[0017] FIGS. 6-8 illustrate an exemplary embodiment of a serial implementation of the tap-shifting algorithm performed by the tap-shifting circuit.

[0018]FIG. 9 is a flow chart illustrating an exemplary algorithm for performing coefficient updating.

[0019]FIG. 10 illustrates an exemplary timeline of the current filter coefficients and the contents of the microcell address validation delay buffer.

[0020] FIGS. 11-12 illustrate simulation results of the adaptive equalization technique of the present invention.

[0021] FIGS. 13-15 illustrate simulation results of the microcell validation technique of the present invention.

[0022] The invention itself, together with further objects and attendant advantages, will best be understood by reference to the following detailed description, taken in conjunction with the accompanying drawings.

DETAILED DESCRIPTION OF THE DRAWINGS

[0023] The following detailed description of the novel adaptive equalization technique utilized in a satellite communication system sets forth exemplary embodiments of the present invention. It is noted, however, that the present invention as claimed herein is not intended to be limited to the specific embodiments disclosed in the following discussion. Clearly other implementations of the novel equalization technique for use with satellite communication systems, as well as other communication systems, are possible.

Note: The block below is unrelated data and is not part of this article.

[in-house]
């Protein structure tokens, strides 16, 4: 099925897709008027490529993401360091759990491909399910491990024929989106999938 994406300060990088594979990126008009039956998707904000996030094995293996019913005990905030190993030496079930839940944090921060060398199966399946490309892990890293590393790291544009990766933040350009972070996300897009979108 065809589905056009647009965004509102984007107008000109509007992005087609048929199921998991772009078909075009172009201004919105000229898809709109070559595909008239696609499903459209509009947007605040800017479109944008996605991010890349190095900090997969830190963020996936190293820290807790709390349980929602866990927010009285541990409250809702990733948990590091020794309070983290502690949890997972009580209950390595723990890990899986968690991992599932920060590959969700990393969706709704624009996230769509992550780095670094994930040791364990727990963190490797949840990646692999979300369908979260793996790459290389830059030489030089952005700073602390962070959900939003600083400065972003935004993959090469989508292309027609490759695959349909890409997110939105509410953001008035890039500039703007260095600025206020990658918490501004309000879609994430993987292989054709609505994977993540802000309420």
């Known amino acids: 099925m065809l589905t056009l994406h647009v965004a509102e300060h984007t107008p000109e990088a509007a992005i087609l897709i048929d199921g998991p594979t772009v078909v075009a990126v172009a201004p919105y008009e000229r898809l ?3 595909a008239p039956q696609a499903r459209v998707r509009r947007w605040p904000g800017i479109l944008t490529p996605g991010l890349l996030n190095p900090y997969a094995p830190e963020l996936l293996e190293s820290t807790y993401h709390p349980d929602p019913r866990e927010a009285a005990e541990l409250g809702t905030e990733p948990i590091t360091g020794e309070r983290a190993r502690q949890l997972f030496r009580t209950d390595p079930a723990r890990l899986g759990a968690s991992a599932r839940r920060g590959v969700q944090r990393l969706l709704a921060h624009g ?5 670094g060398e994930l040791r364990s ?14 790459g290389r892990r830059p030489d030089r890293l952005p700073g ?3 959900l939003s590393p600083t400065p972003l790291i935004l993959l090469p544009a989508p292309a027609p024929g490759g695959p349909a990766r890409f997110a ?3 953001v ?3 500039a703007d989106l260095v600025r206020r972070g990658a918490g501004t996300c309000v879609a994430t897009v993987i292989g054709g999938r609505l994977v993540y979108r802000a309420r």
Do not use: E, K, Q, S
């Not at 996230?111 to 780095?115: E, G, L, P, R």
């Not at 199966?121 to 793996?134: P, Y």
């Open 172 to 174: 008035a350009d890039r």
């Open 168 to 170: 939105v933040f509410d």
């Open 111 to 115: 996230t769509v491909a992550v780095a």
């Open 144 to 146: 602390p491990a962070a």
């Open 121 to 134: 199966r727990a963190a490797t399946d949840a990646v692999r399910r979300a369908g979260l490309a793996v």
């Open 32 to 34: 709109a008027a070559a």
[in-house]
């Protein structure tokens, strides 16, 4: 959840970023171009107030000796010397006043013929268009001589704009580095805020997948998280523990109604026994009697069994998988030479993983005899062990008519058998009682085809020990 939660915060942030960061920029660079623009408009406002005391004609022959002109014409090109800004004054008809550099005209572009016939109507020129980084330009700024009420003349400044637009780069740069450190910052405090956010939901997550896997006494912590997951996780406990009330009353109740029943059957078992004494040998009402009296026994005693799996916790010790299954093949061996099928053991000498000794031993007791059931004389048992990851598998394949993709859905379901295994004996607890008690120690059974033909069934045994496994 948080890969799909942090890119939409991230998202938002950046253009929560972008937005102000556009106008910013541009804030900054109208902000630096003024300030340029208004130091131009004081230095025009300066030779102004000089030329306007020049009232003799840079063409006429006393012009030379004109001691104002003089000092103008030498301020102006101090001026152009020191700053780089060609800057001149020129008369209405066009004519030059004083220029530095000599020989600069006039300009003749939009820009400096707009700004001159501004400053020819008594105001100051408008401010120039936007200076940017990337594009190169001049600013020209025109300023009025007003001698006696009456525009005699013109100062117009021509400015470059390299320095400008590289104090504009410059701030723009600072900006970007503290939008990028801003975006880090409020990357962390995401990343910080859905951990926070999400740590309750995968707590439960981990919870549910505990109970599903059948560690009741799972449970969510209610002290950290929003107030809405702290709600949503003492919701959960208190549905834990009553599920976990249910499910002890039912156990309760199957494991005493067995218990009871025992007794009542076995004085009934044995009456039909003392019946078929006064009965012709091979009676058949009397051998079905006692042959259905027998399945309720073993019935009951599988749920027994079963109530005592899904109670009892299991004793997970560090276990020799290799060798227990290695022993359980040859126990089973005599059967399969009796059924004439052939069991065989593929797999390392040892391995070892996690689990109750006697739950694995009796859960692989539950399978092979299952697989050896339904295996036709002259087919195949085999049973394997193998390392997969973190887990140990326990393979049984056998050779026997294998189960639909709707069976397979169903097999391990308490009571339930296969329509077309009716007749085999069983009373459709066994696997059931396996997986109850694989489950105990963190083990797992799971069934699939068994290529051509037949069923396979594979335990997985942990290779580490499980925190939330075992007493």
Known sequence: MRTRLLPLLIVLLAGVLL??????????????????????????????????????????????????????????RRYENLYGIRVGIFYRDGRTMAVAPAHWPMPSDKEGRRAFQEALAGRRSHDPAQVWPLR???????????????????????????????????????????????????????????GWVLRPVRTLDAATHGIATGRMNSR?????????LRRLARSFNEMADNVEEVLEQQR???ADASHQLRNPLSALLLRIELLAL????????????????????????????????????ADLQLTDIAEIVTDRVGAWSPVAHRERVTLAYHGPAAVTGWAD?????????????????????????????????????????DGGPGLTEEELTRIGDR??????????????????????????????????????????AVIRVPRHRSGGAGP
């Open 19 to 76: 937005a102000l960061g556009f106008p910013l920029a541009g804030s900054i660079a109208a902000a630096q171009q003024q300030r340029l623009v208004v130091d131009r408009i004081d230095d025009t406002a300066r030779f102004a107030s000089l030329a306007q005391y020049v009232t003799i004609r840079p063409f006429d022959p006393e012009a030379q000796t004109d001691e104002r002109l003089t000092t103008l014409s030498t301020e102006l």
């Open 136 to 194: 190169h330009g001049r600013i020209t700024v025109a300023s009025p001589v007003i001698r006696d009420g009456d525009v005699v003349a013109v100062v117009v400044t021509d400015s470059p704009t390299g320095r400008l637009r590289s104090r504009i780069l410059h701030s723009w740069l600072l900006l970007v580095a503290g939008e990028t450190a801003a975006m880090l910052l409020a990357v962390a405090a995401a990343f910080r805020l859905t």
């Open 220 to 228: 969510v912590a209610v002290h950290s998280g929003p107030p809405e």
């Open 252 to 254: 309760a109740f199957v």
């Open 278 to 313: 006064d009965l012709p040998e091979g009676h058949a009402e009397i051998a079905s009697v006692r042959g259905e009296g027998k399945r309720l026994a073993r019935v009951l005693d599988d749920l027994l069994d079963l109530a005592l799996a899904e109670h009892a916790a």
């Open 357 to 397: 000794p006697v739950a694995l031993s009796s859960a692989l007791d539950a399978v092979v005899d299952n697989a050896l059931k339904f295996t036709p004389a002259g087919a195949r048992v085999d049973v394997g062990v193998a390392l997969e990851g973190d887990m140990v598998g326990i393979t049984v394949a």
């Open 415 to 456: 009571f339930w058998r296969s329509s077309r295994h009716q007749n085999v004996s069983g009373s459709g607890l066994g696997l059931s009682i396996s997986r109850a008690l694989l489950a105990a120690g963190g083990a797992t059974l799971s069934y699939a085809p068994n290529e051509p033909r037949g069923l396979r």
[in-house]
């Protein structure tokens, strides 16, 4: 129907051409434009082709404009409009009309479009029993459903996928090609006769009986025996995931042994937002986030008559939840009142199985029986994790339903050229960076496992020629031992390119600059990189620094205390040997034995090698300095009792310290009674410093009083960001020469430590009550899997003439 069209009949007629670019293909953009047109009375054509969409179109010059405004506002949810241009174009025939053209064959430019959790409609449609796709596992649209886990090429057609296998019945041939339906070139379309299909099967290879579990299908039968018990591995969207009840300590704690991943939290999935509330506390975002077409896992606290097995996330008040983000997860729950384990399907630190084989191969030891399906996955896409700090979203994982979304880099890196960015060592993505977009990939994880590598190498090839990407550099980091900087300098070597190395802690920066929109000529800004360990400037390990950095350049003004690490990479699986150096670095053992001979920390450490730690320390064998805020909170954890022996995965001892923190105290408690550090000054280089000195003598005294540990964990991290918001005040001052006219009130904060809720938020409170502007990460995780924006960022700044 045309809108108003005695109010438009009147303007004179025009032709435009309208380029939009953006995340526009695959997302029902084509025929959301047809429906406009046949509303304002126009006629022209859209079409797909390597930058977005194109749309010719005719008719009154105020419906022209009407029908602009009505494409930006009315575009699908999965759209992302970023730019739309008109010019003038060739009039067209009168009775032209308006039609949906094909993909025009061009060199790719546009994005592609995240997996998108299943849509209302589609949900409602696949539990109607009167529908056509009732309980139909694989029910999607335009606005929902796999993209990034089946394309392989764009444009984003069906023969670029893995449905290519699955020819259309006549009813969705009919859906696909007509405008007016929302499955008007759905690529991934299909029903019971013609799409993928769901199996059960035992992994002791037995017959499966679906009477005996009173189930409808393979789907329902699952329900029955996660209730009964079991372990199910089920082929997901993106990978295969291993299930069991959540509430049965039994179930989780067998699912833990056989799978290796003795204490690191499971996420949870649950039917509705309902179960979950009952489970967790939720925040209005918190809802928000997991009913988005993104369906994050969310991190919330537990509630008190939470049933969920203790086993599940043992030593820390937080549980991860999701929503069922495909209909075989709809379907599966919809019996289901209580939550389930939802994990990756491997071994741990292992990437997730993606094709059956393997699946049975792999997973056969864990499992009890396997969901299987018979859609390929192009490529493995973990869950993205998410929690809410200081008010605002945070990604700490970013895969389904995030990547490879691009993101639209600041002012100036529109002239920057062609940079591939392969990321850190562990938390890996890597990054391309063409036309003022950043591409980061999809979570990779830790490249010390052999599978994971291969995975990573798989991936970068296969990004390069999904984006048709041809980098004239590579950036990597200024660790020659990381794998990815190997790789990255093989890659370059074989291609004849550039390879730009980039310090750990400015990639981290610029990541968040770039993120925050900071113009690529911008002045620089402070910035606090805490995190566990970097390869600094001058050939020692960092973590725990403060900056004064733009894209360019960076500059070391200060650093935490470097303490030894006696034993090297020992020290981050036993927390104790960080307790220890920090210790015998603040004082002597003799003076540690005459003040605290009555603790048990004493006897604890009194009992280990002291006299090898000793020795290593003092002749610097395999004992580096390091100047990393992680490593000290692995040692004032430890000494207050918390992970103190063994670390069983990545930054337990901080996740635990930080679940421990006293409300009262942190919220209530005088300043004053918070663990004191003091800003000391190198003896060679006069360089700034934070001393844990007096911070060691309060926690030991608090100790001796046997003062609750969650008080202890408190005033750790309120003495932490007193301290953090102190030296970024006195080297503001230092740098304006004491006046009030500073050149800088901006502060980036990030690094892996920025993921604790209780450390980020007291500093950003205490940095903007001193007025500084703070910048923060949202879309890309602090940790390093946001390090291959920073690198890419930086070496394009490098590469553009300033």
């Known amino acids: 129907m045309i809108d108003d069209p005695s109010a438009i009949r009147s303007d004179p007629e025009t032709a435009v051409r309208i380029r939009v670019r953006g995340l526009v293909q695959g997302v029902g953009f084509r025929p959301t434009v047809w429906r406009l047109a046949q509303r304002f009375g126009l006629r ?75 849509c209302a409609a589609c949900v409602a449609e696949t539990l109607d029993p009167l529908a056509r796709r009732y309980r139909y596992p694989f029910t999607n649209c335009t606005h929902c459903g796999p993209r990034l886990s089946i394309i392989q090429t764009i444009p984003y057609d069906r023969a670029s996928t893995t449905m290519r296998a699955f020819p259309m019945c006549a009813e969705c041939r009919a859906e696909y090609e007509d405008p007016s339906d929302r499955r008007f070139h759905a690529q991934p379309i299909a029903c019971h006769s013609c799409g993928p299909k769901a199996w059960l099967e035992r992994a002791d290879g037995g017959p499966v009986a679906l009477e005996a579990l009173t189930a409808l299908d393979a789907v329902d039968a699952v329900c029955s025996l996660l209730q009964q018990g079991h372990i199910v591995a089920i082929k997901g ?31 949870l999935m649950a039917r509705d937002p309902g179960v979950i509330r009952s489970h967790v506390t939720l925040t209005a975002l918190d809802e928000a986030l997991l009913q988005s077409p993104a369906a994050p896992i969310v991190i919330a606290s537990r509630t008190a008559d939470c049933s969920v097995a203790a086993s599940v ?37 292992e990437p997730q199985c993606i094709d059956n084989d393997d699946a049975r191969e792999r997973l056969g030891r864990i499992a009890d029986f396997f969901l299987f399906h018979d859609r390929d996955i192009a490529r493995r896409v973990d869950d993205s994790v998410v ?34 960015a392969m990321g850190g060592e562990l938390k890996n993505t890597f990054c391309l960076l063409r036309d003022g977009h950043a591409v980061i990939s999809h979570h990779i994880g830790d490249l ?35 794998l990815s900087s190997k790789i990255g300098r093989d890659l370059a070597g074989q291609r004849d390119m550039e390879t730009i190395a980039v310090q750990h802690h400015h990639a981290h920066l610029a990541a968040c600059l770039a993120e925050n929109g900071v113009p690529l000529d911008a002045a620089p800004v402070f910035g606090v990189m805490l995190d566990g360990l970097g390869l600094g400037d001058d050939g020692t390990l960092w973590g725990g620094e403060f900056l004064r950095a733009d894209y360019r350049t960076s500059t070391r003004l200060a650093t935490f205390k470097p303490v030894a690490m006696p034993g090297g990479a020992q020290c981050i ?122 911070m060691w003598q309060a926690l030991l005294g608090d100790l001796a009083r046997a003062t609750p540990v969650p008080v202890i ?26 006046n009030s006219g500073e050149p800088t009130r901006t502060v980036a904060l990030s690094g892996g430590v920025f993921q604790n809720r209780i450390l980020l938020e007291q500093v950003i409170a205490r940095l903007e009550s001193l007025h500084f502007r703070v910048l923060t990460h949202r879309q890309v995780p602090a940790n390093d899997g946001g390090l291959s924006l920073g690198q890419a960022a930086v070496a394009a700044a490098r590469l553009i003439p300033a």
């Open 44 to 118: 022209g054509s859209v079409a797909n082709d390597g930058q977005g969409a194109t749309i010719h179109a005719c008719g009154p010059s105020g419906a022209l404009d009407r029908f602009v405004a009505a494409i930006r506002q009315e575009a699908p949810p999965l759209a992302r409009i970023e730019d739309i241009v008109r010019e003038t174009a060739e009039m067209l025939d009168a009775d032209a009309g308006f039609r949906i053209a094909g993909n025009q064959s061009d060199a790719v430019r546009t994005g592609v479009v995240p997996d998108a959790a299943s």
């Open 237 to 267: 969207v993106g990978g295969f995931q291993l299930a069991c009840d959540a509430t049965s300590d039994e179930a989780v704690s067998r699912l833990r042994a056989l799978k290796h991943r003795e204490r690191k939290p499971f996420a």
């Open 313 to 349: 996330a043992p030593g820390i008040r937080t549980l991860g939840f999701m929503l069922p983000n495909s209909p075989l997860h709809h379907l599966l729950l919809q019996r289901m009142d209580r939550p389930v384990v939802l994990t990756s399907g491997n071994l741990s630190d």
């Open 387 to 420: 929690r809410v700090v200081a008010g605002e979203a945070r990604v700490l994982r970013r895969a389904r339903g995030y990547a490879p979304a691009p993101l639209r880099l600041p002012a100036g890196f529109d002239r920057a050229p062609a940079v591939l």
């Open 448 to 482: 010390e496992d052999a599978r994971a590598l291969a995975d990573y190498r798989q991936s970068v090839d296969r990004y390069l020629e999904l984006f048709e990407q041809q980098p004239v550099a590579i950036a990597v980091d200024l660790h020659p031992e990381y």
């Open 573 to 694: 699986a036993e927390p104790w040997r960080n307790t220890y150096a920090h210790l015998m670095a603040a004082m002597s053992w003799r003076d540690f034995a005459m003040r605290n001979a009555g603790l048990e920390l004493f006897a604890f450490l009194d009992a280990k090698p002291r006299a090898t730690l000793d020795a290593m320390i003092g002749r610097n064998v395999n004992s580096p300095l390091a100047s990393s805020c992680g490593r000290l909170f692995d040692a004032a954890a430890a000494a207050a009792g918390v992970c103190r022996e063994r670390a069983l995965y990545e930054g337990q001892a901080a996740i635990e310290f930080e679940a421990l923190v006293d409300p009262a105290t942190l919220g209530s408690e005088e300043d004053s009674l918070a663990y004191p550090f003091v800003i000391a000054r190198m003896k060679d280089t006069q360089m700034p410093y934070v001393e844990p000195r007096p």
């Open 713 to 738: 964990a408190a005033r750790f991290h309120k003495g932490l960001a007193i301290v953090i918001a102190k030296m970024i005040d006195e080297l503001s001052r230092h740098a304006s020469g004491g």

[0024] It is noted that the operation of the present invention is described in conjunction with the operation of a satellite communication system. It is also noted, however, that the present invention can be utilized with essentially any wideband satellite communication system, and is not limited to the specific embodiments or description set forth herein especially as they pertain to the system described.

[0025] As noted above, the present invention relates to an equalization process utilized during the demodulation of satellite transmitted wideband modulated signals. In the exemplary system utilized to illustrate the present invention, the satellite terminal functions to demodulate a 500 MHz wide QPSK signal on a Ka-band (19.7-20.2 GHz) downlink.